“Cawlidge Hawkey” is different because you feel like you know all the players personally, and they’re still kids in a way. You want what’s best for them. The Gophers should lean into this, considering family-style highlights of players on the jumbotron each game. Fans would enjoy learning the background of each player while getting a tour of where they’re from. Maybe each Gopher player gets his own night during the season to be spotlighted and brings a ton of friends and family to the rink from his hometown. Gopher hockey could benefit from truly embracing college hockey and all that it means.
$3 cheap seats could fill the building and mint new fans.
Besides maybe a North Dakota series, Mariucci is barely half full for home games. For those of us who know what it’s like for the barn to be raucous and full, it’s been sad to watch the change. A big reason for the empty seats right now is that as a season ticket holder, it’s extremely difficult to pass off your seats if you can’t use them. The program needs to better use technology to make it dead simple to transfer your seats. Other local teams have figured this out (See Timberwolves and Flash Seats), and it’s time for the Gophers to catch up.
Another way to fill the building would be to invest heavily in the next generation of Gopher Hockey fans. How might this work? Why not have 3M sponsor $3 standing room for youth hockey players all season long? I can think of nothing better than filling all of those empty seats with Mite, Squirt and Peewee teams that can come to Gopher games on a budget with tickets priced at only $3 per kid. And, by providing the special rate just to our young hockey stars (under age 12), you won’t turn away or upset buyers paying full price. Besides it’s simply better business to invest in making new Gopher fans than it is to chase old fans that have lost interest or become disenchanted with the program.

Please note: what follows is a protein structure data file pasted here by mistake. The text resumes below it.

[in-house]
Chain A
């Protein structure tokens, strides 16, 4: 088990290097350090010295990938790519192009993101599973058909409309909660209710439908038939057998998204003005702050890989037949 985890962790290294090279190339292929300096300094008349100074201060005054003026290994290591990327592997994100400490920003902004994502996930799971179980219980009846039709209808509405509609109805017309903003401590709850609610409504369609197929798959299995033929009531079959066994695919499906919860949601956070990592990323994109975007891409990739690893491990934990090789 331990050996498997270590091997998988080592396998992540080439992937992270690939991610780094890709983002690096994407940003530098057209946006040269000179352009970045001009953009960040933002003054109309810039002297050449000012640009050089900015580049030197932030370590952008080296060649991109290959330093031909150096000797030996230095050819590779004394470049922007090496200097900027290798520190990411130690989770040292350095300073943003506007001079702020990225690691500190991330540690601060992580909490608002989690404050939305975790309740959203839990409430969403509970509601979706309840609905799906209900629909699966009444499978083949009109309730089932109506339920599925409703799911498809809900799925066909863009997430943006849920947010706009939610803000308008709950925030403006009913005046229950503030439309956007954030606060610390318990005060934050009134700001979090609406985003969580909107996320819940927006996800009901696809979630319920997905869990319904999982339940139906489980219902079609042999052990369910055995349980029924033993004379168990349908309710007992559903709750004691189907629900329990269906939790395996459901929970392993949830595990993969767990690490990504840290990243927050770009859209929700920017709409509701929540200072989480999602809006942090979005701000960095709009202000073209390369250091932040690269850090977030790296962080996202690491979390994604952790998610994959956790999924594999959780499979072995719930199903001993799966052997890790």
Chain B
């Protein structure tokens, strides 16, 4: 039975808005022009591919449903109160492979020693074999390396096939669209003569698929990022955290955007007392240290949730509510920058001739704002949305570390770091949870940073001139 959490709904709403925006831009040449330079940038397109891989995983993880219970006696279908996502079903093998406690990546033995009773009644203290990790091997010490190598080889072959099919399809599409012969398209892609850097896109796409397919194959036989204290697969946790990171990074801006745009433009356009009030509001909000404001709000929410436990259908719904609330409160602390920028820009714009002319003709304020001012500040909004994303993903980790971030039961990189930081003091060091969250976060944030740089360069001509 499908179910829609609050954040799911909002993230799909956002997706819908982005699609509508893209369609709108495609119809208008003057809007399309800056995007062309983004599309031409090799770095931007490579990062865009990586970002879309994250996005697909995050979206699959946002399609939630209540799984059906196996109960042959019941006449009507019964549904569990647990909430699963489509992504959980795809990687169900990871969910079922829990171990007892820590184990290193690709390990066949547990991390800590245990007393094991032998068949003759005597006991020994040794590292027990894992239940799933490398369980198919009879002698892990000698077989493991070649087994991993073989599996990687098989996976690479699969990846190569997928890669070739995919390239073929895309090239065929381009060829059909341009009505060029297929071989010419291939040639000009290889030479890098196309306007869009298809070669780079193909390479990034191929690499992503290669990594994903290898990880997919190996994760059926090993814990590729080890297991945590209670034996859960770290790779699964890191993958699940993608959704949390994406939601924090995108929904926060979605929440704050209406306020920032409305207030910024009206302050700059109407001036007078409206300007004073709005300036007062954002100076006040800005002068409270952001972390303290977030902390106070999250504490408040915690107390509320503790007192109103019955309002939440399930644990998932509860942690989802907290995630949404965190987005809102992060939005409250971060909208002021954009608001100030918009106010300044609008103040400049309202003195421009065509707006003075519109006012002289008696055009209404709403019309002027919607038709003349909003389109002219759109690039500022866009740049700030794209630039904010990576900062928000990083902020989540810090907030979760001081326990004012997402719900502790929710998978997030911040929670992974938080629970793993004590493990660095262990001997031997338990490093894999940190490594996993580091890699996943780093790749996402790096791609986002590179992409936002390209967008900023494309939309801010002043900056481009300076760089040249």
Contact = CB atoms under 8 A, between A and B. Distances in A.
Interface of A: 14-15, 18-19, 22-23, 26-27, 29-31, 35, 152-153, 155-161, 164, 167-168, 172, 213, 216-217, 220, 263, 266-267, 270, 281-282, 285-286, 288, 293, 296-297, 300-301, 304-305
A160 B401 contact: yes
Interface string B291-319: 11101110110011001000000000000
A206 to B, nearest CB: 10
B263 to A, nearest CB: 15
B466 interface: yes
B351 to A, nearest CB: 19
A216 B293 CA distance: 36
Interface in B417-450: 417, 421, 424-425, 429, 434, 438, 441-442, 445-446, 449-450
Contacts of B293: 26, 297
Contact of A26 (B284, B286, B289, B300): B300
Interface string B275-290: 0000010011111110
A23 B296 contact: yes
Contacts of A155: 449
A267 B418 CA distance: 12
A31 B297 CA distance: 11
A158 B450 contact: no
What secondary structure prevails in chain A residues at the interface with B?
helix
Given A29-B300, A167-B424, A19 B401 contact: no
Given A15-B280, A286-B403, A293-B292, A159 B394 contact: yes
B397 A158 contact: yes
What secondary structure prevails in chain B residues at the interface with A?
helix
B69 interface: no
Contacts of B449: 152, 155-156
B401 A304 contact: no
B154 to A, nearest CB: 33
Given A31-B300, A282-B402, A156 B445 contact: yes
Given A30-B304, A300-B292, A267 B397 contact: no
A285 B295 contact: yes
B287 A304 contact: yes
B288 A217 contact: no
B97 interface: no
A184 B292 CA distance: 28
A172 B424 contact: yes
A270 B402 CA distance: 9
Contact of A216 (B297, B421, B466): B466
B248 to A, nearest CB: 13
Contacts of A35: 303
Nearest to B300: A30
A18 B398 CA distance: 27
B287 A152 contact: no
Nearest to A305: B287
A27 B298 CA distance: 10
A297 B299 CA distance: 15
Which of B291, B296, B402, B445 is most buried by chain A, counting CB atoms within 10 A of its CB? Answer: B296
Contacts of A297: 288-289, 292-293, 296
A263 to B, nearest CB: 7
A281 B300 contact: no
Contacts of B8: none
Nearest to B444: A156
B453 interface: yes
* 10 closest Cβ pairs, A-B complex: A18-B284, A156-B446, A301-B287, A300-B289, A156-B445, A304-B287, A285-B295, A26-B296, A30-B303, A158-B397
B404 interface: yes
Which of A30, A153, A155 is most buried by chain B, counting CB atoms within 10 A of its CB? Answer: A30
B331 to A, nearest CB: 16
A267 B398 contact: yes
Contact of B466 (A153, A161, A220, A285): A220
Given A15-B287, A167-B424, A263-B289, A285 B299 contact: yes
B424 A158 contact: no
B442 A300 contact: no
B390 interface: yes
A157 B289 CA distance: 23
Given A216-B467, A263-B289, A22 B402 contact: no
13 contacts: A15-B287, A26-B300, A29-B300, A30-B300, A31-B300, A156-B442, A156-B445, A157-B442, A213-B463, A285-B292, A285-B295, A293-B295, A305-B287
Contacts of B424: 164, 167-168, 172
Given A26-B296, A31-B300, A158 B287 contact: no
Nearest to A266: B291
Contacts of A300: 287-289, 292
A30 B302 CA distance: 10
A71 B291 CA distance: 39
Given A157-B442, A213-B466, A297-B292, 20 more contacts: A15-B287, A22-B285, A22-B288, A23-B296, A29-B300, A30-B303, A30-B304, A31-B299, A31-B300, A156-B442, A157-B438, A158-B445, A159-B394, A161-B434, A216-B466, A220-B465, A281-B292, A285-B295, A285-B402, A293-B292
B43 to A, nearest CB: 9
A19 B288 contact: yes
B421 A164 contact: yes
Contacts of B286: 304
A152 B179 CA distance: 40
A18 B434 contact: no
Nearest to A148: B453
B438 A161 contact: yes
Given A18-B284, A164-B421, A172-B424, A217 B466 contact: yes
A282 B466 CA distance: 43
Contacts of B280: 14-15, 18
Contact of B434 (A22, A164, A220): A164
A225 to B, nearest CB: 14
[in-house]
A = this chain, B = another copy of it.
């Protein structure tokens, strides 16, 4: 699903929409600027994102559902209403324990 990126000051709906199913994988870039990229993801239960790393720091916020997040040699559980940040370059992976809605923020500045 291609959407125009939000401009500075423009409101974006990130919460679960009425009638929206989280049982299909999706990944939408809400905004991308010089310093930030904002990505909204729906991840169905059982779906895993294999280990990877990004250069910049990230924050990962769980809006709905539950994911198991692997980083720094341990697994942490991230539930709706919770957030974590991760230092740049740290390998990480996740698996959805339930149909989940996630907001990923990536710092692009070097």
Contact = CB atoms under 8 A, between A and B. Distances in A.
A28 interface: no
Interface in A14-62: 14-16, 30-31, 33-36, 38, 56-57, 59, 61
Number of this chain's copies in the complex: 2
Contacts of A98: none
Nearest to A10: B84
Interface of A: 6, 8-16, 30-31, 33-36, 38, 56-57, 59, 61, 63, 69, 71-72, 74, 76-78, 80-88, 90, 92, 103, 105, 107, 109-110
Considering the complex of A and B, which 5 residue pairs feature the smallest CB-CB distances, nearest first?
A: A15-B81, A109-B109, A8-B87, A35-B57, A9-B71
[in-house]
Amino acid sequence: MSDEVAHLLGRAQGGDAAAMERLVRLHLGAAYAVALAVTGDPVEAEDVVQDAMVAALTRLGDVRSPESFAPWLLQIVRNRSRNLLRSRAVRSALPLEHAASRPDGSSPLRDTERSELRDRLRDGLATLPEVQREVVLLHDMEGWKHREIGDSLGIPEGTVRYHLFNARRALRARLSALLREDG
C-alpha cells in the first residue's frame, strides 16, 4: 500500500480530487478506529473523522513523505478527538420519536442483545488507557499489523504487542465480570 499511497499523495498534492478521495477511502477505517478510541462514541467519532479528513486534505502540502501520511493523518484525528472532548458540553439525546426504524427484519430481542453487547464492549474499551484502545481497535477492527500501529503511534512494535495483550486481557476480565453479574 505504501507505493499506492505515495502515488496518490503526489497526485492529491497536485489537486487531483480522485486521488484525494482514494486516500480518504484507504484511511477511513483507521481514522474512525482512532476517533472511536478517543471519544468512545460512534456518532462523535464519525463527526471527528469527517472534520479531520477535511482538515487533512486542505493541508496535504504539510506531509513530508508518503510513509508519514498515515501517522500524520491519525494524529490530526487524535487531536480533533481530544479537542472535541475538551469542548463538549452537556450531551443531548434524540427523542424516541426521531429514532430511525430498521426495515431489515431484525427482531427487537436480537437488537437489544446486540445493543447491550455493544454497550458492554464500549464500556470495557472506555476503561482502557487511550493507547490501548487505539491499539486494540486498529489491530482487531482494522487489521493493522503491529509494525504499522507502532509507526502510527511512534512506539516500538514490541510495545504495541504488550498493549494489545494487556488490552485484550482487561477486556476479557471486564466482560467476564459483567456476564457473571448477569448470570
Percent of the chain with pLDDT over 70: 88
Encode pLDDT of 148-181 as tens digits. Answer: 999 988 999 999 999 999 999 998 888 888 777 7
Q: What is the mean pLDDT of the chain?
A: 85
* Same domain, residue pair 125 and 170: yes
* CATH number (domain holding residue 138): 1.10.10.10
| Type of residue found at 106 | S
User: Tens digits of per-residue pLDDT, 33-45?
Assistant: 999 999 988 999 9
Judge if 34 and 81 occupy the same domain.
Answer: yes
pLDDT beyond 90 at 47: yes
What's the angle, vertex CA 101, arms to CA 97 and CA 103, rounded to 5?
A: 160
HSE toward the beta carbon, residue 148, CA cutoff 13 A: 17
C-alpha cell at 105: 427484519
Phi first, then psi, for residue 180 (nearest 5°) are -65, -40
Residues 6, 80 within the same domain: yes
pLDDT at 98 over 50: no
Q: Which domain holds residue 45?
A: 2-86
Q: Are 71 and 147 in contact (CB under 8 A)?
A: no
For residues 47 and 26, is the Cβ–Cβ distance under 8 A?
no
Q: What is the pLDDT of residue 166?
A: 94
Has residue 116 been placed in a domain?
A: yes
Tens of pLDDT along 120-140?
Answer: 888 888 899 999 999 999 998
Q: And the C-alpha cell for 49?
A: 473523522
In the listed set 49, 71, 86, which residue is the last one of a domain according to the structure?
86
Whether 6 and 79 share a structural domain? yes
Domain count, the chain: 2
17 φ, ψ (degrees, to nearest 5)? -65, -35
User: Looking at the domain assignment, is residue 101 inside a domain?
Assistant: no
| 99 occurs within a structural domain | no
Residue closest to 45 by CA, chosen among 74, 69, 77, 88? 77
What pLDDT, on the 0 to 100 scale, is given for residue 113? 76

A new coach could energize the program like The Don’s arrival did years ago.
There are many ways to create energy for a program, but at the beginning they need a spark. Often this is a new head coach. We see it with P.J. Fleck and his “Row the Boat” mantra, and presumably you’d get a group of people who would be energized by a new head coach after The Don. I know some people are critical of The Don because from the outside he seems smug, went to Notre Dame, and is rumored to prefer cabernet over beer (the horror!). Personally, I’ll always like him because he helped us win two National Championships. But of course, an easy way to get people to come back to the program for another look would be hiring a new head coach.
First step to make your players a big deal: Act like they are!
Sorry, folks. It’s not 1995. People have more options. Times have changed, and Gopher Hockey needs to change with the times. I firmly believe there should be a plethora of crazy and creative ideas to create energy and market (yes, market) the team each season. While I’d love the University to sign me (or better yet, Mike Veeck) up to consult, here are a few marketing idea freebies:
I don’t pretend to have all the answers, but it’s crystal clear the program needs change. I reached out to numerous season ticket holders and longtime Gopher hockey fans before writing this article. Everyone was longing to once again see the “spirit” and “soul” of Gopher Hockey. As one longtime fan put it, “It hurts not to care.” Well said, so let’s fix it. Here’s to hoping a few of these ideas might help. Go, Gophers! Rah.